- Using the camera you already have, your phone.
A day of stories, conversations, ideas, advice and getting out and about round the streets and neighbourhood of Old Swan, Liverpool with the two of us.
And maybe you too?
Continue reading “One Day: Storytelling and Photography in Old Swan, Liverpool”
After I wrote about my friend the artist Emma Rushton’s house a couple of weeks ago, some other friends suggested I might like to do a series where I look around some other people’s houses. They thought this could be an interesting development from other writings and work I’ve done on, oh, the meaning of life and home as a human right. They also thought it would be a good nose.
Thanks ‘some other friends!’
So to try out the idea, and because it’s only fair, I’ve decided to follow up the post on Emma’s house with one about where I live. And since I’m writing this and it’s what I do a lot of, here’s ‘The Writer’s House’.
I moved in here with my daughter Clare in September 1991. A three bed terraced house in Wavertree, much like thousands of others in Liverpool. Continue reading “The Writer’s House”
A closely observed walk along a local hight street here in Liverpool, with statistics, to see and feel how it’s doing.
Our high streets are in trouble. Some blame austerity politics, others supermarkets and more still the passage of time, saying we shop differently now. What’s in less doubt than these various causes is the importance of a good high street to how happy we are with the places where we live.
Elsewhere on this blog I’m starting to look at the insides of people’s houses, looking at how we live and the necessity, a human right I call it, of us all having a secure and properly affordable place we can call home.
But we don’t only live inside of our homes do we? The quality of our lives has a lot to do with what else is around us, including the high streets of shops that run through and bind our neighbourhoods and, often as not, give them their names. So in Liverpool we have areas of Walton generally called County Road and Walton Vale, for example. In Anfield a place called ’round Priory Road’ and in Aigburth one called, well, ‘Aigburth Road’. High streets whose general health is an important part of how their neighbourhoods are doing. Continue reading “The High Street: How’s it doing, really?”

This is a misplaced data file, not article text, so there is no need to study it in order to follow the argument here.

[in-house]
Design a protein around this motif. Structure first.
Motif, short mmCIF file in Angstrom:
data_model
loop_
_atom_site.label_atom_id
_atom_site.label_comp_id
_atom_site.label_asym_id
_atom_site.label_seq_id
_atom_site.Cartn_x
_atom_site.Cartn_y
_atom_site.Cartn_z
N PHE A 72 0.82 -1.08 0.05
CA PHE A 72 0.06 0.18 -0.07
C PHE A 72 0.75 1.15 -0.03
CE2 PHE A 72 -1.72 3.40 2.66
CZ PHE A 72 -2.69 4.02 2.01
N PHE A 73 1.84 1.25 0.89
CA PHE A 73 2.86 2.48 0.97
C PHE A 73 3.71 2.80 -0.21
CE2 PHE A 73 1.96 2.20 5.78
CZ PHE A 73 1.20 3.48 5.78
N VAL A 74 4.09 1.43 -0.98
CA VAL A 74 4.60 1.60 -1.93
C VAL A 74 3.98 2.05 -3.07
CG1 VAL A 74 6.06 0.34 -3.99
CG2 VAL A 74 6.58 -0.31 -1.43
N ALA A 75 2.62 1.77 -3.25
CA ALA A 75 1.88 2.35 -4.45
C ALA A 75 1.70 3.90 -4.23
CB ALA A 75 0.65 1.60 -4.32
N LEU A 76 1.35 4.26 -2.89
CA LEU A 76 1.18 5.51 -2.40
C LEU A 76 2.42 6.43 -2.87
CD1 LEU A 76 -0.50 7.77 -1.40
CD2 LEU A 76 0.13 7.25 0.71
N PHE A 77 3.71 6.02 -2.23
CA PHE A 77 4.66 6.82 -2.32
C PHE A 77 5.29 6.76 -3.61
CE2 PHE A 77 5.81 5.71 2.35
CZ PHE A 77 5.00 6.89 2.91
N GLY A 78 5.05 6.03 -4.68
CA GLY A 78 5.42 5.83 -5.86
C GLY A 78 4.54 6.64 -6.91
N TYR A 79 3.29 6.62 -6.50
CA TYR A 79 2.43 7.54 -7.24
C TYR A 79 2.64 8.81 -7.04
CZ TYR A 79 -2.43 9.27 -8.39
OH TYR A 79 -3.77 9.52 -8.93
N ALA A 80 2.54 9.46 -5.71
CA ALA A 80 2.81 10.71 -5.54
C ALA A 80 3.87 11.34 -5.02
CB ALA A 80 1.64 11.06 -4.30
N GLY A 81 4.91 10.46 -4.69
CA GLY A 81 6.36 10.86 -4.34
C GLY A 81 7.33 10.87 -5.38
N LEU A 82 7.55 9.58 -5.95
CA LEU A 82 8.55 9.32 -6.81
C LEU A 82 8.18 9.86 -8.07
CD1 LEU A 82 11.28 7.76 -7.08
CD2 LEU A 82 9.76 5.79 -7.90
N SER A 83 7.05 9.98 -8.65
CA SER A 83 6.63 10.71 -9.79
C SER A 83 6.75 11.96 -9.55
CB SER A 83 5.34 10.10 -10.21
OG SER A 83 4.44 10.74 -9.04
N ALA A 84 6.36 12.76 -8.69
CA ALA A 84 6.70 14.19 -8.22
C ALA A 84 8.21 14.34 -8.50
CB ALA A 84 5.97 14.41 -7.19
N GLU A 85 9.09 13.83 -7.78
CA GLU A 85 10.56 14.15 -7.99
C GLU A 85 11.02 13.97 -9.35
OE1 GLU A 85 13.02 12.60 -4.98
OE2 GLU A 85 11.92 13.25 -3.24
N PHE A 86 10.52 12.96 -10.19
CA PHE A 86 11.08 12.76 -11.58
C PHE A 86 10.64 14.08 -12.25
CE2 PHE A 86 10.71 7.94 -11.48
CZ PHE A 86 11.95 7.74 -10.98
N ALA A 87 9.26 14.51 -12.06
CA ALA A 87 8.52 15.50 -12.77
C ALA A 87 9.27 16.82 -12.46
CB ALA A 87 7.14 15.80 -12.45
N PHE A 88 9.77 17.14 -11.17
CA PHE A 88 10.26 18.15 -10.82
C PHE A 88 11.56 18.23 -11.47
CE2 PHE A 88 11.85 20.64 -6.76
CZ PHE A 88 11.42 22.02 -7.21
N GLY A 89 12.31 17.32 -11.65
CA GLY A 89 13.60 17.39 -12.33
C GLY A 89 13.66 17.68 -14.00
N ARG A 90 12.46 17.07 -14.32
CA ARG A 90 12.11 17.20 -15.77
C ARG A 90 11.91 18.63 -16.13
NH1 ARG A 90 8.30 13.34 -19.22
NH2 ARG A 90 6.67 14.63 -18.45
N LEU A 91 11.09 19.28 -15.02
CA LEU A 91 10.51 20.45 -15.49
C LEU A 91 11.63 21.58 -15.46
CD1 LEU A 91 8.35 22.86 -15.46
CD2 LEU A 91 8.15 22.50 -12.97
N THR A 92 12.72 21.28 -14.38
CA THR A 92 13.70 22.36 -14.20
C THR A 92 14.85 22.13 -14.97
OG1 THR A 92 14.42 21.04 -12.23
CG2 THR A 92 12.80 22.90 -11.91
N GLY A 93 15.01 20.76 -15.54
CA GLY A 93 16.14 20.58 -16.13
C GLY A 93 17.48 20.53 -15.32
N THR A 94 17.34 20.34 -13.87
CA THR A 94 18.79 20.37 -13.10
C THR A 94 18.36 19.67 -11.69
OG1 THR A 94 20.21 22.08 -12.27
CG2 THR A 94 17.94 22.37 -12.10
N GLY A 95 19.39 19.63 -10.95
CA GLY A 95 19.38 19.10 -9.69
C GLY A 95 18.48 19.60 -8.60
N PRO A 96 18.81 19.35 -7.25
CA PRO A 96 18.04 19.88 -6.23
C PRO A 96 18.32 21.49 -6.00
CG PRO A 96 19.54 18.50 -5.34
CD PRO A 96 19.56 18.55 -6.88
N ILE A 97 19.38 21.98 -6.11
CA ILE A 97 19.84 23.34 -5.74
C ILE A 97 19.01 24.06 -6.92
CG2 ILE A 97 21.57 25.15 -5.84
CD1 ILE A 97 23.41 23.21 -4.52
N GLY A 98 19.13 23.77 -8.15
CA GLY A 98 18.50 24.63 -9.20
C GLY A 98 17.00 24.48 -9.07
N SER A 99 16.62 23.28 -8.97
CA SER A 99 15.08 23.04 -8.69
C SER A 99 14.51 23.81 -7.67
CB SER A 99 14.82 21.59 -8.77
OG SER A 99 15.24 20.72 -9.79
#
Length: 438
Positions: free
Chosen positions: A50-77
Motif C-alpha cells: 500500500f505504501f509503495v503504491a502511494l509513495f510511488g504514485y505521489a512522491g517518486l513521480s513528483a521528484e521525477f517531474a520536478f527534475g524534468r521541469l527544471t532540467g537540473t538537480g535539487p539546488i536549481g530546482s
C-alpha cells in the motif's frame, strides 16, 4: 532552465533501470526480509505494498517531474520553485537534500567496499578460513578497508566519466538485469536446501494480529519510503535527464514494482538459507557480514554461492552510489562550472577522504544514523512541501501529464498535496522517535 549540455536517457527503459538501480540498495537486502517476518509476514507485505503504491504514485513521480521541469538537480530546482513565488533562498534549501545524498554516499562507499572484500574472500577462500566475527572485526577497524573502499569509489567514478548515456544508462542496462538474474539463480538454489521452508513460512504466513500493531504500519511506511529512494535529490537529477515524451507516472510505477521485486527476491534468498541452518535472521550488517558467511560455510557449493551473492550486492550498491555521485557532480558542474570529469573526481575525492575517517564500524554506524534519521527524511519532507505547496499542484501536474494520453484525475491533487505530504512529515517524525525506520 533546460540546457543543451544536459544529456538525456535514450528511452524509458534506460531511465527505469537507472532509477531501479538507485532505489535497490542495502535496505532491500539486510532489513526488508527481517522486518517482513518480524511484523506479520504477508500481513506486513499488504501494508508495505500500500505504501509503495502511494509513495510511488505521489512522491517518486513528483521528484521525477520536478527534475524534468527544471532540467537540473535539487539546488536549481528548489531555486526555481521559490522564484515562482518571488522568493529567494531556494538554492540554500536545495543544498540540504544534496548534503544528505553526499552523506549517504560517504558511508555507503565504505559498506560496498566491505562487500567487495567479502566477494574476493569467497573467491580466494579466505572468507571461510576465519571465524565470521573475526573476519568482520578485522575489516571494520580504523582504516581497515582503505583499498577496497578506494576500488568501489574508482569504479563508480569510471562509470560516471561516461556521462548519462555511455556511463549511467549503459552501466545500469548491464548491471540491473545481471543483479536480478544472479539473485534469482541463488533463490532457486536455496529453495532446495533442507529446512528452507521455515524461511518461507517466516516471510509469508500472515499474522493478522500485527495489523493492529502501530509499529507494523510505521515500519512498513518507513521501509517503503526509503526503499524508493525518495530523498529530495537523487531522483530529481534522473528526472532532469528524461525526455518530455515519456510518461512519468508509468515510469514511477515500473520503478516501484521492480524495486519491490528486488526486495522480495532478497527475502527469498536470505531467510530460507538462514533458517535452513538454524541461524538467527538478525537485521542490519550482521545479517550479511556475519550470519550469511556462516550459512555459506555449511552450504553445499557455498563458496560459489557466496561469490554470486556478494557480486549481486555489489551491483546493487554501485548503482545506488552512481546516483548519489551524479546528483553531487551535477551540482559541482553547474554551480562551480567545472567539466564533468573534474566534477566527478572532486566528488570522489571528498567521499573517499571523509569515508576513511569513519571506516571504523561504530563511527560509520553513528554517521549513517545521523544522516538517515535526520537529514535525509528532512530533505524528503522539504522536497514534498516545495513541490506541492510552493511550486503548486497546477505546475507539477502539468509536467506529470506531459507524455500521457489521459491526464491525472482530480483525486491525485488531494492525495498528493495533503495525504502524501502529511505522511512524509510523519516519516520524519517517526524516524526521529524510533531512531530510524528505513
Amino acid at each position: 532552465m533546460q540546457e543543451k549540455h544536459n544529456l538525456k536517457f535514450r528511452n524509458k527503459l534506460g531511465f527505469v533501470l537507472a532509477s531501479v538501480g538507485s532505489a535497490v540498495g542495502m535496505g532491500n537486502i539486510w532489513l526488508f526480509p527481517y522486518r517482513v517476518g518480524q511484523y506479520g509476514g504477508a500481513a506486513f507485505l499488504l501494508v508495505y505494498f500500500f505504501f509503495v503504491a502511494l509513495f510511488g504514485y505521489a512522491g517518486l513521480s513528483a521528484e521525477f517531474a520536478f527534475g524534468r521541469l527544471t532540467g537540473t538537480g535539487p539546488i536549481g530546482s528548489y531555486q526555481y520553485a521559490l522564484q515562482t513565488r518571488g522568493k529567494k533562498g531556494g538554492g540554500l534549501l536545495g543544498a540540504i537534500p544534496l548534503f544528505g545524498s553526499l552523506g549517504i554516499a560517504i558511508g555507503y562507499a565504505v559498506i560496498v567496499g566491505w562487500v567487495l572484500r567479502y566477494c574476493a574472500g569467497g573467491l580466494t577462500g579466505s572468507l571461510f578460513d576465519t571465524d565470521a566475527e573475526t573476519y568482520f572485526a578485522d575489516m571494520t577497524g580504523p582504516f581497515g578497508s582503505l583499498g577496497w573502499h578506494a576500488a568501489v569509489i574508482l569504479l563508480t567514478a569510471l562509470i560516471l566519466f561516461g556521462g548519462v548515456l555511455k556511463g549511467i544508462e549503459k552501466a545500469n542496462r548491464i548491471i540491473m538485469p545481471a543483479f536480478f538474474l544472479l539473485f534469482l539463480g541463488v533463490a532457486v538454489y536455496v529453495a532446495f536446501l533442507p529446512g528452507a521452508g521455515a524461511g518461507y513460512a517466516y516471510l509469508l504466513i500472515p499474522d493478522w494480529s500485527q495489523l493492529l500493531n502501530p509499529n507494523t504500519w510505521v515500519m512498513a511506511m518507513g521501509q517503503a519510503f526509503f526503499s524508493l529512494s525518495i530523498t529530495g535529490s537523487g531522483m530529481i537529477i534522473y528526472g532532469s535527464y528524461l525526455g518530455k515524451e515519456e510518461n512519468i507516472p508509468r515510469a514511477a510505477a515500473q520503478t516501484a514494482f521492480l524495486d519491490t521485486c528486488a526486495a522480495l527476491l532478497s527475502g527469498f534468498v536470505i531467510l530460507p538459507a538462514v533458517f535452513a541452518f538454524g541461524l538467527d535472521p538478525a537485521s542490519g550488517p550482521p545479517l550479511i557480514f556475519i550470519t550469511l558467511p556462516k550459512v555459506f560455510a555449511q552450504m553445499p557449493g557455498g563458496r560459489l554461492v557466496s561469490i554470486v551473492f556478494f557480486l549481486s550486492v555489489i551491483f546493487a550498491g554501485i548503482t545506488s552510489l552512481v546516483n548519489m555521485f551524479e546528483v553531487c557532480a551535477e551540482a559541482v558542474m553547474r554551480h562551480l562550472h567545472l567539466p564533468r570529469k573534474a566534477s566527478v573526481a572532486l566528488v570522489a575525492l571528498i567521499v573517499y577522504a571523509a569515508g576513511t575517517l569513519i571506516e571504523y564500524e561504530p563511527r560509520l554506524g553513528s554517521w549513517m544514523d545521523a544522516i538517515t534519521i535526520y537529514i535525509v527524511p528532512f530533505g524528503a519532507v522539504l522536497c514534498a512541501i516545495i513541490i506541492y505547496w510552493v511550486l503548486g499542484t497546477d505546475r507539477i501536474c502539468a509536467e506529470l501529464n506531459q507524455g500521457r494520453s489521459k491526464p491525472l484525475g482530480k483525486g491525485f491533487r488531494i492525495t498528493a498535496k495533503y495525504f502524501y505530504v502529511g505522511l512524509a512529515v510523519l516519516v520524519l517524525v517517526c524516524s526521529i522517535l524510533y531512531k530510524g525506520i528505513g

Though I’ve published thousands of photographs on this blog over the past six years I’ve never done anything so formal as to go on a course about photography. Until today. This being the first course I’ve been on in years. And these photographs being the result.
The course was called “Street Photography” and was run by my friend Jane MacNeil and fellow street photographer Matt Hart. Good it was too, even if I spent most of the day well out of the comfort zone of my usual ways of taking photographs. The point of what a group of nine of us spent the day doing was to photograph life out around the streets of town, meaning people, in as natural a way as we could, without particularly interfering in what was going on.
I found this hard and I’ve deleted many more photographs than I’ve published here. But then it was a course and I’d gone on it deliberately to learn from people who are much better at people photography, on the streets, than I suspect I’ll ever be.
So here are the best of my photographs from my Street Photography day. By no means perfect, I’ve been out learning. But carrying a definite sense of place and very much a portrait of one sunny Saturday in March 2018, in Liverpool city centre, my home.
Thanks to Jane and Matt for the generous teaching, and of course to everyone in the photos. Here we are, in our place.
Continue reading “In Liverpool: Street Photography”